The Trump administration is keen on not only preserving pressure on North Korea over its nuclear arms development, but in increasing that pressure even as DPRK Chairman, Kim Jong-Un, is serially meeting with world leaders in a bid to secure North Korea’s security and potential nuclear disarmament, a major move that could deescalate tensions in the region, end the war with the South, and ease global apprehensions about the North’s nuclear arsenal.

Meanwhile, Russia is proposing to the UNSC sanctions relief in some form due to the North’s expressed commitment to nuclear disarmament in the light of recent developments.

Reuters reports:

MOSCOW/UNITED NATIONS (Reuters) – Russia’s envoy to North Korea said on Wednesday it would be logical to raise the question of easing sanctions on North Korea with the United Nations Security Council, as the United States pushes for a halt to refined petroleum exports to Pyongyang.

“The positive change on the Korean peninsula is now obvious,” said the ambassador, Alexander Matsegora, according to the RIA news agency, adding that Russia was ready to help modernize North Korea’s energy system if sanctions were lifted and if Pyongyang can find funding for the modernization.

The U.N. Security Council has unanimously boosted sanctions on North Korea since 2006 in a bid to choke off funding for Pyongyang’s nuclear and ballistic missile programs, banning exports including coal, iron, lead, textiles and seafood, and capping imports of crude oil and refined petroleum products.

China tried late last month to get the Security Council to issue a statement praising the June 12 Singapore meeting between U.S. President Donald Trump and North Korean leader Kim Jong Un and expressing its “willingness to adjust the measures on the DPRK in light of the DPRK’s compliance with the resolutions.”

North Korea’s official name is Democratic People’s Republic of Korea (DPRK).

But the United States blocked the statement on June 28 given “ongoing and very sensitive talks between the United States and the DPRK at this time,” diplomats said. The same day, U.S. Secretary of State Mike Pompeo spoke to his Chinese counterpart Wang Yi about the importance of sanctions enforcement.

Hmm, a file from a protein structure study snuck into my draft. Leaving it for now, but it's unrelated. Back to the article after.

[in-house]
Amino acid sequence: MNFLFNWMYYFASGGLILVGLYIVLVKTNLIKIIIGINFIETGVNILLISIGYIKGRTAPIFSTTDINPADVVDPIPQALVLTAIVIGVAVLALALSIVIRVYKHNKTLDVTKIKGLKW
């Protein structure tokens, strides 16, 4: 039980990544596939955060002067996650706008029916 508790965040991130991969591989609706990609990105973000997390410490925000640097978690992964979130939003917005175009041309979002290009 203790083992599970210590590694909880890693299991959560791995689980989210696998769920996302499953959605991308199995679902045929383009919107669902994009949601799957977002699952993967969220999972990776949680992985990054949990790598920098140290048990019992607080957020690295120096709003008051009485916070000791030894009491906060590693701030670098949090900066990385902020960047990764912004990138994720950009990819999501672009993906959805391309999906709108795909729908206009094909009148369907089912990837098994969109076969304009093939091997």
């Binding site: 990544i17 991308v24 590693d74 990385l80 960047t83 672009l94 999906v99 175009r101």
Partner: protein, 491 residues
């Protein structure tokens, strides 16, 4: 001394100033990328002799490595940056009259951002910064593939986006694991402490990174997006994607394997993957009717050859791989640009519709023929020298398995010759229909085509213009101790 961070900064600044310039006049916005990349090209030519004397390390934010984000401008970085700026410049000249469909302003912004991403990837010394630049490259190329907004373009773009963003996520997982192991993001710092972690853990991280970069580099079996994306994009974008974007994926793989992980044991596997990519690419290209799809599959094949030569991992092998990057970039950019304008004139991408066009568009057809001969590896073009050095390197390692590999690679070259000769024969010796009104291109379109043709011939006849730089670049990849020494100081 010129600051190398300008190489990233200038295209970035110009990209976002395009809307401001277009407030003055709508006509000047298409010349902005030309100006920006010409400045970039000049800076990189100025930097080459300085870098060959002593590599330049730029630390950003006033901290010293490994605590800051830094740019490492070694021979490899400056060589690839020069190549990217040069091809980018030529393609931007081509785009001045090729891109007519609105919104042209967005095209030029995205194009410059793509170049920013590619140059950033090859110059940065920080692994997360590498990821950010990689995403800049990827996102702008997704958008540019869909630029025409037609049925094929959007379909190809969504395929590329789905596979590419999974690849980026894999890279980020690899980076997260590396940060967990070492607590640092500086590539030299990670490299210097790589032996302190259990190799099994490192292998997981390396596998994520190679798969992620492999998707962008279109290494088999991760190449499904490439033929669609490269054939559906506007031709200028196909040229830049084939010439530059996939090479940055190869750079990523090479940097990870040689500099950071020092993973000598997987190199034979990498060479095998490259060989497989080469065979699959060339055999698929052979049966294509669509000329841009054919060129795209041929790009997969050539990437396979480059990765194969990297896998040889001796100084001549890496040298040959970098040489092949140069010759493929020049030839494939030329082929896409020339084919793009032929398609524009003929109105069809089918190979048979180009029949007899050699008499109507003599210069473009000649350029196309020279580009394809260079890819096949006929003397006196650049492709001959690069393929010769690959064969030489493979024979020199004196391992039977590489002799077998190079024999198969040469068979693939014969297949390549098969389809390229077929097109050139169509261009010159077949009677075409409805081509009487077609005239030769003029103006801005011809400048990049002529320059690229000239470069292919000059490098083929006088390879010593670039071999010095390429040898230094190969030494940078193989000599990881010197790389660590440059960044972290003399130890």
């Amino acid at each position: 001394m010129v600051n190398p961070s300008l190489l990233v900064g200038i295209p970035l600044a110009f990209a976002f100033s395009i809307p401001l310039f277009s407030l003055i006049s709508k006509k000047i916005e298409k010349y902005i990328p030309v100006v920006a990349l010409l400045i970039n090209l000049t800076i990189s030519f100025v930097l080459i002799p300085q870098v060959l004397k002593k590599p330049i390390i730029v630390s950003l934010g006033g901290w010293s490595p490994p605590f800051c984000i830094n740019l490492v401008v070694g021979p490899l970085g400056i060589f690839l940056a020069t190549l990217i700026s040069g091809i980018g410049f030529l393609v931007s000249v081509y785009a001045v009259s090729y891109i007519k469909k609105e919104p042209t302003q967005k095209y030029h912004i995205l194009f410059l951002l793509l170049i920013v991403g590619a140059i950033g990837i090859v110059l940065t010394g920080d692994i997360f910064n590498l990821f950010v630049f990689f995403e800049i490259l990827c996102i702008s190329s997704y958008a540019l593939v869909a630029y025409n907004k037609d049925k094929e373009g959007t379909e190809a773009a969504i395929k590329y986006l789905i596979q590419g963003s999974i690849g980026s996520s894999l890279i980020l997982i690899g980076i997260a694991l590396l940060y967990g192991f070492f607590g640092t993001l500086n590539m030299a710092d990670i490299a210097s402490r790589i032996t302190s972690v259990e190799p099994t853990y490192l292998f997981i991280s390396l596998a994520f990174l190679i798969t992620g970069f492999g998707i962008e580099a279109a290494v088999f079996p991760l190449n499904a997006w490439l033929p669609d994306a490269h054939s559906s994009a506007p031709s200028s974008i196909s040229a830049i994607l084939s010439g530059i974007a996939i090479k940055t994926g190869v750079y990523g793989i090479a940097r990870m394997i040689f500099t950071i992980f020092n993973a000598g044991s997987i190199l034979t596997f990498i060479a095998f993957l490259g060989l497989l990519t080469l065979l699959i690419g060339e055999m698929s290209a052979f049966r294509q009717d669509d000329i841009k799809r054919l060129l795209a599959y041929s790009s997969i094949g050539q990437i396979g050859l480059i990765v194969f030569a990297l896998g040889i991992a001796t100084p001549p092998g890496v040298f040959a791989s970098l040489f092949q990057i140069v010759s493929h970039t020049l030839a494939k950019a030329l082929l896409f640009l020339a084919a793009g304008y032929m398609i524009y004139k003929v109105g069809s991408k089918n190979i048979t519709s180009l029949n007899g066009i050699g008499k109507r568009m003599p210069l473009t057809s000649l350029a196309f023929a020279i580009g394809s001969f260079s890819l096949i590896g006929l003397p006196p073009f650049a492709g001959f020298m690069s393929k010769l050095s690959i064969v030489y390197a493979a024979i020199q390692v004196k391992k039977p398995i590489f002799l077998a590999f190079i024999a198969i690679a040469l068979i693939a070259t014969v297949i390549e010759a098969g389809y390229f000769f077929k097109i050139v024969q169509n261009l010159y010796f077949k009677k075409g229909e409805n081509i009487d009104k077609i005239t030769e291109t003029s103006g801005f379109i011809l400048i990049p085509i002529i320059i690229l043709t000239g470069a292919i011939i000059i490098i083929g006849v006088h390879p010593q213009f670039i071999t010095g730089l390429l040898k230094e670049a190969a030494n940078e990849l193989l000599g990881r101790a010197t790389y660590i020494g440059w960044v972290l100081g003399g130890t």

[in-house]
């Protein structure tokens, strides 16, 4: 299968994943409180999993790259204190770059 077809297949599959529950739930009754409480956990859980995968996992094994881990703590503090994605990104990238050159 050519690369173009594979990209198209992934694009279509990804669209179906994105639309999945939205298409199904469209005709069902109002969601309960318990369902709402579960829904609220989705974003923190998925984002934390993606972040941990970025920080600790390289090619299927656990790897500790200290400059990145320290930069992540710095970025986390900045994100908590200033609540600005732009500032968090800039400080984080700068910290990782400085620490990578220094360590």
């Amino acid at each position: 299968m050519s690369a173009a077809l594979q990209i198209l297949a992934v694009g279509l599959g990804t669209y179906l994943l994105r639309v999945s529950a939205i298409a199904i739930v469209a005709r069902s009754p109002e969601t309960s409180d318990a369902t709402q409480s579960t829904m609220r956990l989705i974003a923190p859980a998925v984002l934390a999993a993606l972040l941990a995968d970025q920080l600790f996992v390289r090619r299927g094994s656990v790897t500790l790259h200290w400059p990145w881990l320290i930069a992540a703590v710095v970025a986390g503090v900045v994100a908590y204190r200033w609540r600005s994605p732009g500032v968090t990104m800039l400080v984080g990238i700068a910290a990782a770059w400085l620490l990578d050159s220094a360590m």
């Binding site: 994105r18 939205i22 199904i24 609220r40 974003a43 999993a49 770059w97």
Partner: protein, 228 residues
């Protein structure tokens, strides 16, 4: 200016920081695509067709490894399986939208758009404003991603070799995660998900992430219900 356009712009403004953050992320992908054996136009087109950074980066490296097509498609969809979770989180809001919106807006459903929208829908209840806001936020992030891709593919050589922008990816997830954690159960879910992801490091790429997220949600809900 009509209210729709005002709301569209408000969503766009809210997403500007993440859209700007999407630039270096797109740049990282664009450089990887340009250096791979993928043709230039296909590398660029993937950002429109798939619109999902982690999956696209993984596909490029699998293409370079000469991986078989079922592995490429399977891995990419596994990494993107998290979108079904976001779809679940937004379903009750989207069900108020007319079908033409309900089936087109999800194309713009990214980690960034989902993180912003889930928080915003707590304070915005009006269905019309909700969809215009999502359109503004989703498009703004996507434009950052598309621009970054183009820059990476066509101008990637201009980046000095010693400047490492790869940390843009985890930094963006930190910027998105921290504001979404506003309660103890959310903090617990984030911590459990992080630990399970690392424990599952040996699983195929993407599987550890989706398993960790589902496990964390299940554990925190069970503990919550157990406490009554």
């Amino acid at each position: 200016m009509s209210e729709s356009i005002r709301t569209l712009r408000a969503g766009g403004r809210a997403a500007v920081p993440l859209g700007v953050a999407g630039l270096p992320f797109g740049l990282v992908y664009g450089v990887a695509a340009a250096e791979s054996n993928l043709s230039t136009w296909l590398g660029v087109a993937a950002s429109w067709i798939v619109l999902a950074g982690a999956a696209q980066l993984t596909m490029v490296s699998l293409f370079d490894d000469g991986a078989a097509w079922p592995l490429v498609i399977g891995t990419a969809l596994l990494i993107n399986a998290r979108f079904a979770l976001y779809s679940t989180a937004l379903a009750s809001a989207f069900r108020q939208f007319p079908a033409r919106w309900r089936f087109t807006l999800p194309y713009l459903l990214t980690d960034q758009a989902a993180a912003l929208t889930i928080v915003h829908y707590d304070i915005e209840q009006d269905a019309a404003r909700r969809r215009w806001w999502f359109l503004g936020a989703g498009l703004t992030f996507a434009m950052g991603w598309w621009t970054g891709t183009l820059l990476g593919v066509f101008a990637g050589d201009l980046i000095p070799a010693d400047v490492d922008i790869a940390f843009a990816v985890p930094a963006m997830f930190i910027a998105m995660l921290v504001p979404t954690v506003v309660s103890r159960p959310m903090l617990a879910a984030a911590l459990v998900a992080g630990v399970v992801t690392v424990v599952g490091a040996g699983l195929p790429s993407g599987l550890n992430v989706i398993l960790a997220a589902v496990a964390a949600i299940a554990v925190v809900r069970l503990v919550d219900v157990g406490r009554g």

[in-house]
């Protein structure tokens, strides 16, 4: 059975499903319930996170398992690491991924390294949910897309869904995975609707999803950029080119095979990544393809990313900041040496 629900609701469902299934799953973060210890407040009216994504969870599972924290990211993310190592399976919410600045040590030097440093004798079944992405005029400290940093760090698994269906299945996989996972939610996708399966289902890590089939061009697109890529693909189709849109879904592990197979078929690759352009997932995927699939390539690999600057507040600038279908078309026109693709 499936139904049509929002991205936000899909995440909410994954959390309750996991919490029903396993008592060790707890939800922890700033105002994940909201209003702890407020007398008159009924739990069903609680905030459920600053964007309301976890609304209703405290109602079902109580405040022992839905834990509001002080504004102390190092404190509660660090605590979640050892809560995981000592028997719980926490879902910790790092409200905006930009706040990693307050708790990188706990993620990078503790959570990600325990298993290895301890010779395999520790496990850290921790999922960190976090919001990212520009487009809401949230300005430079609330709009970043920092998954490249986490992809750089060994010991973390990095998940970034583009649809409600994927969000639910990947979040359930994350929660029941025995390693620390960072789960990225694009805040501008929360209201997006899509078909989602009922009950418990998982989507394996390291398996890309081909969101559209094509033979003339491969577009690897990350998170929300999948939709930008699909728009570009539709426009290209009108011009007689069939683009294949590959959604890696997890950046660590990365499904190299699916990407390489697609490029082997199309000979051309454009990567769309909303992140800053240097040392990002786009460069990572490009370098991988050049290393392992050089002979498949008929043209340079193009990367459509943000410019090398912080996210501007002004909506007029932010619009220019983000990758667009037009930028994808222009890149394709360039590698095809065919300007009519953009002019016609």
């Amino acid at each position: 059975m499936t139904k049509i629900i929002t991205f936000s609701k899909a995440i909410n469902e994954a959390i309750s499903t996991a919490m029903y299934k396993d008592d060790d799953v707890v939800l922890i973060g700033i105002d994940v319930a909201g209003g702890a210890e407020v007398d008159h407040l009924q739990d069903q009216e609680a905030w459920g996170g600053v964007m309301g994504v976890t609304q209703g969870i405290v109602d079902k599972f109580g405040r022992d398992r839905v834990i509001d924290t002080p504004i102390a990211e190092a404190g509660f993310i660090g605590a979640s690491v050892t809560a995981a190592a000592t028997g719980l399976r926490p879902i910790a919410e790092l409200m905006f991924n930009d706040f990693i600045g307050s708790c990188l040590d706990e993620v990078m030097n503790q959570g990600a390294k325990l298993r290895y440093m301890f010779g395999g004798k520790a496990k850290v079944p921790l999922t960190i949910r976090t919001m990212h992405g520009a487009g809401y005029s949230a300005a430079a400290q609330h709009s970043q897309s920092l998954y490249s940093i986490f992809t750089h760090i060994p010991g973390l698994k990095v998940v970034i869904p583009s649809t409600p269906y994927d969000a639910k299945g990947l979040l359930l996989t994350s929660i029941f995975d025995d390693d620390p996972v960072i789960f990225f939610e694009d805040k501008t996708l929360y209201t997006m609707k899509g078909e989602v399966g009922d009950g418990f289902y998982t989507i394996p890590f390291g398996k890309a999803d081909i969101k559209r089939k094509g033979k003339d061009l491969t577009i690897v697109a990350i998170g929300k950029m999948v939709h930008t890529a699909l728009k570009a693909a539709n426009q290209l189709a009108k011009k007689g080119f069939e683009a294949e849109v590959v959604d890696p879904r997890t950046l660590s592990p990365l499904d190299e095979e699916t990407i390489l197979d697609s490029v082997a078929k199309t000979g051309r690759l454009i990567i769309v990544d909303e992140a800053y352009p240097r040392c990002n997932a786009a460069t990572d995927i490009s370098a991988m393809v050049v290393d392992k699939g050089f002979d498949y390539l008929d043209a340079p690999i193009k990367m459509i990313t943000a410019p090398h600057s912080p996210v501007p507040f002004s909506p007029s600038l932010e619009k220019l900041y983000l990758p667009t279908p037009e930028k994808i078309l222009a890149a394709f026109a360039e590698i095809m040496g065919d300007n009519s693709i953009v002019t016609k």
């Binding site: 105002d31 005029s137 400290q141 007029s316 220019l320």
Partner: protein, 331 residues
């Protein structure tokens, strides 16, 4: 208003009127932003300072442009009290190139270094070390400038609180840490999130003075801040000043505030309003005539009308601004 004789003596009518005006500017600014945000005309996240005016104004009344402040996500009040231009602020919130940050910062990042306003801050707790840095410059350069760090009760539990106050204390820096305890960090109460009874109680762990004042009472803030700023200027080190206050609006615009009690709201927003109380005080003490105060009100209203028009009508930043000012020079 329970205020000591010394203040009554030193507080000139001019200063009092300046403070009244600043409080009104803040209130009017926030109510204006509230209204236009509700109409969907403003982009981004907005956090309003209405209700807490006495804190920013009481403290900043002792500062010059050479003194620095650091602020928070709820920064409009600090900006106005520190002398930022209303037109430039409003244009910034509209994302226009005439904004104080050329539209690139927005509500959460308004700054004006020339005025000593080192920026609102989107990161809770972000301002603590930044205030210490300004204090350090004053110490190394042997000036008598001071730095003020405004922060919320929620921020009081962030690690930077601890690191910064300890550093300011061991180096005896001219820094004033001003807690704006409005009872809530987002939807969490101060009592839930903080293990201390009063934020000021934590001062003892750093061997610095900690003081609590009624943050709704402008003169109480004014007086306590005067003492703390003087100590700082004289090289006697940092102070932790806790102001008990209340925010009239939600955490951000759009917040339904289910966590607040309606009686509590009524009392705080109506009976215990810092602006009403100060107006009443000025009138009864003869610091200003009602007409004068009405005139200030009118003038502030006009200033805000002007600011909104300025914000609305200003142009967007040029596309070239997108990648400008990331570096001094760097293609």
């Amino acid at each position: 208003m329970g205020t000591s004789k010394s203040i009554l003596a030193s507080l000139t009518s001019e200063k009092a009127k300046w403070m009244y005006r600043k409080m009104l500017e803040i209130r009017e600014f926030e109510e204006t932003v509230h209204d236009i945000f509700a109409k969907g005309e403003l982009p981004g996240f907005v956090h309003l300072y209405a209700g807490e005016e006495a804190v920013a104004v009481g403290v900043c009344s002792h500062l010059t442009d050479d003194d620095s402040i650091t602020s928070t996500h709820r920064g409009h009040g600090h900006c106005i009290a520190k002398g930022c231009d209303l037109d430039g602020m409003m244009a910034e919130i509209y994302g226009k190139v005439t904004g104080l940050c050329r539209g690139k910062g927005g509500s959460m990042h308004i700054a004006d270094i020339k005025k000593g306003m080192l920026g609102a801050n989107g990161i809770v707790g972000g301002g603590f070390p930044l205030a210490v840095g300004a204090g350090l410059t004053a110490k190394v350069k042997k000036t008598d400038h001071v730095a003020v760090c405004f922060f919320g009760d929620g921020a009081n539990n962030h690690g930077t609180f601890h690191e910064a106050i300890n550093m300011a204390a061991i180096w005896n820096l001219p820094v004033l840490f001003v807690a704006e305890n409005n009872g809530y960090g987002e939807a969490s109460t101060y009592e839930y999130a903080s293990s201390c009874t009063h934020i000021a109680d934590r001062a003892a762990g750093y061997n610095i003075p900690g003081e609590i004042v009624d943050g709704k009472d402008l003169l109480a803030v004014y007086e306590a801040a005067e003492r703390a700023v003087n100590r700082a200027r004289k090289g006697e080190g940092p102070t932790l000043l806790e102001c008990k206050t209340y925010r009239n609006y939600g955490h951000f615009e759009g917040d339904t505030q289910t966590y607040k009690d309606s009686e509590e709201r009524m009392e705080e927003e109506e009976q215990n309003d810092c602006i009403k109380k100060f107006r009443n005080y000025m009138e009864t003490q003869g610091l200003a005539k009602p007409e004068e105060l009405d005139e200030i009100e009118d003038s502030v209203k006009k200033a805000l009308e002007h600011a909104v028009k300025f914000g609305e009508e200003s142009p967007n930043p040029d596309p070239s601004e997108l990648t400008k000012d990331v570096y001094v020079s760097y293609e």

U.S. Secretary of State Mike Pompeo is due to informally brief U.N. Security Council envoys along with South Korea and Japan on Friday.

Diplomats say they expect Pompeo to stress the need to maintain pressure on North Korea during his briefing on Friday.

In a tweet on Wednesday Trump said he elicited a promise from Russian President Vladimir Putin to help negotiate with North Korea but did not say how. He also said: “There is no rush, the sanctions remain!”

The United States accused North Korea last week of breaching a U.N. sanctions cap on refined petroleum by making illicit transfers between ships at sea and demanded an immediate end to all sales of the fuel.

The United States submitted the complaint to the U.N. Security Council North Korea sanctions committee, which is due to decide by Thursday whether it will tell all U.N. member states to halt all transfers of refined petroleum to Pyongyang.

Such decisions are made by consensus and some diplomats said they expected China or Russia to delay or block the move.

When asked on June 13 about whether sanctions should be loosened, Russian U.N. Ambassador Vassily Nebenzia said: “We should be thinking about steps in that direction because inevitably there is progress on the track that should be reciprocal, that should be a two-way street. The other side should see encouragement to go forward.”

The proposals of both the United States and Russia are likely to be vetoed by each other, resulting no real changes, but what it displays is the foreign policy positions of both nuclear powers towards the relative position of the DPRK and its rhetorical move towards denuclearization. The US demonstrates that its campaign of increased pressure on the North is necessary to accomplishing the goal of a denuclearized Korean peninsula, while Russia’s philosophy on the matter is to show a mutual willingness to follow through on verbal commitment with a real show of action towards an improved relationship, mirroring on the ground what is happening in politics.